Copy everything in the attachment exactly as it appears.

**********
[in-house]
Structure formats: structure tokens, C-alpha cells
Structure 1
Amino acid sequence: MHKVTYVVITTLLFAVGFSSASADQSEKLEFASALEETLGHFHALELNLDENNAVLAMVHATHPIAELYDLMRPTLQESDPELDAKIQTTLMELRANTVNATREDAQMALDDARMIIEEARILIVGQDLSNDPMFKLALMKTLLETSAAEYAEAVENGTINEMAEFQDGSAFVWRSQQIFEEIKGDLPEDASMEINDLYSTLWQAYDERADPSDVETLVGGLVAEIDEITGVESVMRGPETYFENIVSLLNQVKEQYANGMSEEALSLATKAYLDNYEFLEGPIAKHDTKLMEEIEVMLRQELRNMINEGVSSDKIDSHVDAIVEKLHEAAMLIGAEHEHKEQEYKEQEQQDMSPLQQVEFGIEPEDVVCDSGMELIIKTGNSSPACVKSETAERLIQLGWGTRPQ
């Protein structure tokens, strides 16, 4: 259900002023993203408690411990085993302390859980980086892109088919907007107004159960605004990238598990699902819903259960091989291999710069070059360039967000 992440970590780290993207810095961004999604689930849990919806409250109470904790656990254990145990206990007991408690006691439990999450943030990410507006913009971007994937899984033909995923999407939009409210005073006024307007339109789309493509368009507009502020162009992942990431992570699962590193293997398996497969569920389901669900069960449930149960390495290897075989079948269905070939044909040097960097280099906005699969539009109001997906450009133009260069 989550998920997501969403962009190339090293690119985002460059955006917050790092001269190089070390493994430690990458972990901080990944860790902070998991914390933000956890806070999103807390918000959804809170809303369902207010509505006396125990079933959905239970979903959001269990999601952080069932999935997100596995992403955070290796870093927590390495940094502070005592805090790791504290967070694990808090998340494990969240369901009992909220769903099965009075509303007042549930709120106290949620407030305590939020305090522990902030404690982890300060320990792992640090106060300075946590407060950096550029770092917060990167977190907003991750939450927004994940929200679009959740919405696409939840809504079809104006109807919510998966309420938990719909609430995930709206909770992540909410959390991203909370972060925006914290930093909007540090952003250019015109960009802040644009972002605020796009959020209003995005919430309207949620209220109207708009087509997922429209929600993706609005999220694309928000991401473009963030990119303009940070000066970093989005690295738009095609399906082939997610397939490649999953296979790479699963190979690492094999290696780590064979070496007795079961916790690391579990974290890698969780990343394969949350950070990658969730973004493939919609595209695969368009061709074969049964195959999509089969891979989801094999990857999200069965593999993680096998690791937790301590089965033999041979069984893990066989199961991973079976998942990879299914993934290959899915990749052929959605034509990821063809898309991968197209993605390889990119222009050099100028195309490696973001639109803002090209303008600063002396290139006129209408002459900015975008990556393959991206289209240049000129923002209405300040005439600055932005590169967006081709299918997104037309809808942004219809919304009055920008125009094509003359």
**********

[in-house]
Structure formats: structure tokens, C-alpha cells
Structure 1
Amino acid sequence: MHKVTYVVITTLLFAVGFSSASADQSEKLEFASALEETLGHFHALELNLDENNAVLAMVHATHPIAELYDLMRPTLQESDPELDAKIQTTLMELRANTVNATREDAQMALDDARMIIEEARILIVGQDLSNDPMFKLALMKTLLETSAAEYAEAVENGTINEMAEFQDGSAFVWRSQQIFEEIKGDLPEDASMEINDLYSTLWQAYDERADPSDVETLVGGLVAEIDEITGVESVMRGPETYFENIVSLLNQVKEQYANGMSEEALSLATKAYLDNYEFLEGPIAKHDTKLMEEIEVMLRQELRNMINEGVSSDKIDSHVDAIVEKLHEAAMLIGAEHEHKEQEYKEQEQQDMSPLQQVEFGIEPEDVVCDSGMELIIKTGNSSPACVKSETAERLIQLGWGTRPQ
């Protein structure tokens, strides 16, 4: 259900002023993203408690411990085993302390859980980086892109088919907007107004159960605004990238598990699902819903259960091989291999710069070059360039967000 992440970590780290993207810095961004999604689930849990919806409250109470904790656990254990145990206990007991408690006691439990999450943030990410507006913009971007994937899984033909995923999407939009409210005073006024307007339109789309493509368009507009502020162009992942990431992570699962590193293997398996497969569920389901669900069960449930149960390495290897075989079948269905070939044909040097960097280099906005699969539009109001997906450009133009260069 989550998920997501969403962009190339090293690119985002460059955006917050790092001269190089070390493994430690990458972990901080990944860790902070998991914390933000956890806070999103807390918000959804809170809303369902207010509505006396125990079933959905239970979903959001269990999601952080069932999935997100596995992403955070290796870093927590390495940094502070005592805090790791504290967070694990808090998340494990969240369901009992909220769903099965009075509303007042549930709120106290949620407030305590939020305090522990902030404690982890300060320990792992640090106060300075946590407060950096550029770092917060990167977190907003991750939450927004994940929200679009959740919405696409939840809504079809104006109807919510998966309420938990719909609430995930709206909770992540909410959390991203909370972060925006914290930093909007540090952003250019015109960009802040644009972002605020796009959020209003995005919430309207949620209220109207708009087509997922429209929600993706609005999220694309928000991401473009963030990119303009940070000066970093989005690295738009095609399906082939997610397939490649999953296979790479699963190979690492094999290696780590064979070496007795079961916790690391579990974290890698969780990343394969949350950070990658969730973004493939919609595209695969368009061709074969049964195959999509089969891979989801094999990857999200069965593999993680096998690791937790301590089965033999041979069984893990066989199961991973079976998942990879299914993934290959899915990749052929959605034509990821063809898309991968197209993605390889990119222009050099100028195309490696973001639109803002090209303008600063002396290139006129209408002459900015975008990556393959991206289209240049000129923002209405300040005439600055932005590169967006081709299918997104037309809808942004219809919304009055920008125009094509003359």